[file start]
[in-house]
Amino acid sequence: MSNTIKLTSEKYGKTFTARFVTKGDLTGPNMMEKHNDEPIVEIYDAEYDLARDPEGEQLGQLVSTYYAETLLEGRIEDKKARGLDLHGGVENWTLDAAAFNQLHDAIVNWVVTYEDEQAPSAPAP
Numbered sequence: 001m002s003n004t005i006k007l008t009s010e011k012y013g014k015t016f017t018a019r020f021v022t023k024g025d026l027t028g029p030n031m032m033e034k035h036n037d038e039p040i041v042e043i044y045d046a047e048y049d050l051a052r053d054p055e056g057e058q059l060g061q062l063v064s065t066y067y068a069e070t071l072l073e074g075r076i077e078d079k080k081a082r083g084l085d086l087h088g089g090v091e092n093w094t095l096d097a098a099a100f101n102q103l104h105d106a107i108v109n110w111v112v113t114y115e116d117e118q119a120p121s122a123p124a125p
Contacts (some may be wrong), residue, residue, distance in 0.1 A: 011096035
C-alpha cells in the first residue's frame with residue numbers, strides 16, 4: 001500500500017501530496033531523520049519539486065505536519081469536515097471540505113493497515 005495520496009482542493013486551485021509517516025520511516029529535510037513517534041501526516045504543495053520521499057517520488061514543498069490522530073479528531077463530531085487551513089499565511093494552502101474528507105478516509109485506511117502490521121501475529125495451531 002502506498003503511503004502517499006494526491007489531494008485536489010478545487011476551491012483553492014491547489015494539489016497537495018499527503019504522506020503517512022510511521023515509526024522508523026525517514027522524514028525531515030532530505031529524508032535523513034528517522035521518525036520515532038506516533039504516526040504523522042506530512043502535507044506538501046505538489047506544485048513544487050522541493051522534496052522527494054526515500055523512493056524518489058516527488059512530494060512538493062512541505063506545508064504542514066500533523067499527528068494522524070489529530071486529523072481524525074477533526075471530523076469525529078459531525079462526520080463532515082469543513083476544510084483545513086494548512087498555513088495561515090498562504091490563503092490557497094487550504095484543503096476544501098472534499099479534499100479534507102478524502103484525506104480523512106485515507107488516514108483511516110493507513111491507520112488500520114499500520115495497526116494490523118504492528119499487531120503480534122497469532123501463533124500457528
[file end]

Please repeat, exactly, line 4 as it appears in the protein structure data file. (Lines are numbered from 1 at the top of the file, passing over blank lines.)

Contacts (some may be wrong), residue, residue, distance in 0.1 A: 011096035